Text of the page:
I genuinely struggle with the question of whether it is sinful to be wealthy. Of course, I'm sitting here on my Macbook wearing a new outfit and zoning out of a graduate course at Duke. I don't have the answers.

3 comments:

Robert Fischer said...

Yeah, calling it "baloney" is just harsh. Did he even attempt to back it up, or did he just dismiss it?

That said, I wonder about how much new monasticism and this disdain of wealth is simply another kind of young adult rebellion and a new schismaticism. Will it persist when people start getting married and having kids, or will we end up selling out like the hippies did?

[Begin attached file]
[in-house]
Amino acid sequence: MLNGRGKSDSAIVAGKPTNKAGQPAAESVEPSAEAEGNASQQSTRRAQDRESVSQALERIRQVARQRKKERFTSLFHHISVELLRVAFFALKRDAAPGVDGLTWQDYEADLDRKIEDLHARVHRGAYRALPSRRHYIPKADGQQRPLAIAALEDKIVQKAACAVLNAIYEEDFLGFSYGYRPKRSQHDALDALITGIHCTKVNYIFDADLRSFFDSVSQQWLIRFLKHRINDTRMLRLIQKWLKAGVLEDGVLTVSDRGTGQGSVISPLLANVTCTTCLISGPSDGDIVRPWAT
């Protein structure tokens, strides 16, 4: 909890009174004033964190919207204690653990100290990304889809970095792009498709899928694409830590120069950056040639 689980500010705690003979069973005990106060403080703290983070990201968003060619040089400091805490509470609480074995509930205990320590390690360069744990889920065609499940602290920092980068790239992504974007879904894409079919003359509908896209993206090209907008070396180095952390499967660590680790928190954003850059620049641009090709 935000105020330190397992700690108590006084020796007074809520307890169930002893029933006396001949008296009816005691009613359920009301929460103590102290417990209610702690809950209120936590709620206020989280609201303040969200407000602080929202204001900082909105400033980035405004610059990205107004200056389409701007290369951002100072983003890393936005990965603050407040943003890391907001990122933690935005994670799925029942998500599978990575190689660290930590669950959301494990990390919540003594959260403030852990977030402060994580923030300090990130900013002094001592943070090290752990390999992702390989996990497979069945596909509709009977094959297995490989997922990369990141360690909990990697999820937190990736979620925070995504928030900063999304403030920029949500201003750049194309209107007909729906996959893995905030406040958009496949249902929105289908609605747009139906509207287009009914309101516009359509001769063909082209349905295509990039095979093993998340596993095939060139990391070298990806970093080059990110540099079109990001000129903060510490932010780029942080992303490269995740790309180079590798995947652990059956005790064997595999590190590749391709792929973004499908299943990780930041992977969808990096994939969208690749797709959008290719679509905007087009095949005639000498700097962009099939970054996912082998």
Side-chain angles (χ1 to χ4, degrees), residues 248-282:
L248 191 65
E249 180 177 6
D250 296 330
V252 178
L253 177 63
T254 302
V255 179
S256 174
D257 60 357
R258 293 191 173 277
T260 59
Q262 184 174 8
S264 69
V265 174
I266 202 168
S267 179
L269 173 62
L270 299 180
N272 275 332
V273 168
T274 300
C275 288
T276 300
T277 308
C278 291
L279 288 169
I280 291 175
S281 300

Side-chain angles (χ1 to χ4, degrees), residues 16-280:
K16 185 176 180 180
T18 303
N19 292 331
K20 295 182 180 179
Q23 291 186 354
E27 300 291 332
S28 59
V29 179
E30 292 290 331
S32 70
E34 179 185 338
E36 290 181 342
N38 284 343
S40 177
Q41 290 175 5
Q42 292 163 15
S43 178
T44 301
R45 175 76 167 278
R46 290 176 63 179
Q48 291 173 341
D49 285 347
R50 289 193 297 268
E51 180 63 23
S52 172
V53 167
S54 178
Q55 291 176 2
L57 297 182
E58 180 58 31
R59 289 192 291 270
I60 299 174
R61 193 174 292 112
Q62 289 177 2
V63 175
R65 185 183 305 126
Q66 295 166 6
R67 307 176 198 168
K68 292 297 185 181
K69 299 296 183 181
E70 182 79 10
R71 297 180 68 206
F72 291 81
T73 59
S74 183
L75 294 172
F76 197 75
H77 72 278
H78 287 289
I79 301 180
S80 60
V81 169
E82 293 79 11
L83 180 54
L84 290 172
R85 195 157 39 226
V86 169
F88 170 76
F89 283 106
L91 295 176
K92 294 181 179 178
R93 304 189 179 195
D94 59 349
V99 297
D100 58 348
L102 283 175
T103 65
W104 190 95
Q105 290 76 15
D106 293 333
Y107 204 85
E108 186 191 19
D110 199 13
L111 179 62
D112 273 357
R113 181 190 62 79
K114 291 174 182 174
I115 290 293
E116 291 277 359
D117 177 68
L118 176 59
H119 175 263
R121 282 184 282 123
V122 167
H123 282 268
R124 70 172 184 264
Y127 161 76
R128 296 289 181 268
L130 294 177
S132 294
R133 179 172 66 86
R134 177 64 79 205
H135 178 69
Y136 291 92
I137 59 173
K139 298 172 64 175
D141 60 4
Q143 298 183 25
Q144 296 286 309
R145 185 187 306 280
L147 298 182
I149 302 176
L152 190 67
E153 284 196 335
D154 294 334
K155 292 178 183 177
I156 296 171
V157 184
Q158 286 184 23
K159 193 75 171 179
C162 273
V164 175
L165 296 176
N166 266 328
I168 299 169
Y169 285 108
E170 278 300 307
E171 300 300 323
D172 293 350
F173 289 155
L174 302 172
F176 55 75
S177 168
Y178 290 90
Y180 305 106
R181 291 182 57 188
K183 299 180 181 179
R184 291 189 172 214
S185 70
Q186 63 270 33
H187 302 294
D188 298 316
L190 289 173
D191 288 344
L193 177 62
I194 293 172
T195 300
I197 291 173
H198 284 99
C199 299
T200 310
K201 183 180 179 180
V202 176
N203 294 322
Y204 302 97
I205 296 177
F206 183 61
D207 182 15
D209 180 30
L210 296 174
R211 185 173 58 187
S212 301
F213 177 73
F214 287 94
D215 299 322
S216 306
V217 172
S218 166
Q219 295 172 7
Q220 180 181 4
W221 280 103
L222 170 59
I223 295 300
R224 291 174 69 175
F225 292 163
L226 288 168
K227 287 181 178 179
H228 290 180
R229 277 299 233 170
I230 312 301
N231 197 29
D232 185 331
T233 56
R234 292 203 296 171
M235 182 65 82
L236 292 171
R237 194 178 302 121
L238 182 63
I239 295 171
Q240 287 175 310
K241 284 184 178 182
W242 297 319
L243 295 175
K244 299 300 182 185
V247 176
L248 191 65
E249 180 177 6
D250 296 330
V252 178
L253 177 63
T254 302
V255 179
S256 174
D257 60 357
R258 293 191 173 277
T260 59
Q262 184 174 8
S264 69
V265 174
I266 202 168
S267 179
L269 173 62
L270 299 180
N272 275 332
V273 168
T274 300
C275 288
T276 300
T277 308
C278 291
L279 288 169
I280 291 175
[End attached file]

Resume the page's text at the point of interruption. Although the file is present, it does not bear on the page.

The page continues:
Re: the rich young ruler: I also hate the "you have to be willing to..." line. Especially when I hear that in churches that are struggling financially when the parishioners aren't. Or, worse, when the church is struggling for volunteers!

As far as I can tell, the most solid 'out' seems to be keying off of "When he heard this, he became very sad, because he was a man of great wealth" (Luke's account, NIV). So then you argue in a very notably Buddhist way, "Really, the parable is about attachment to things of this world, and so you won't sacrifice everything to get eternal life." Ironically, that actually makes the situation worse, because it's no longer about money: it's about anything that you want to hang onto. So the most justifiable "escape" for people with money actually lands you in a place where you're called on to surrender not just money, but everything you treasure.

Sarah said...

Nah he just dismissed it. Urgh.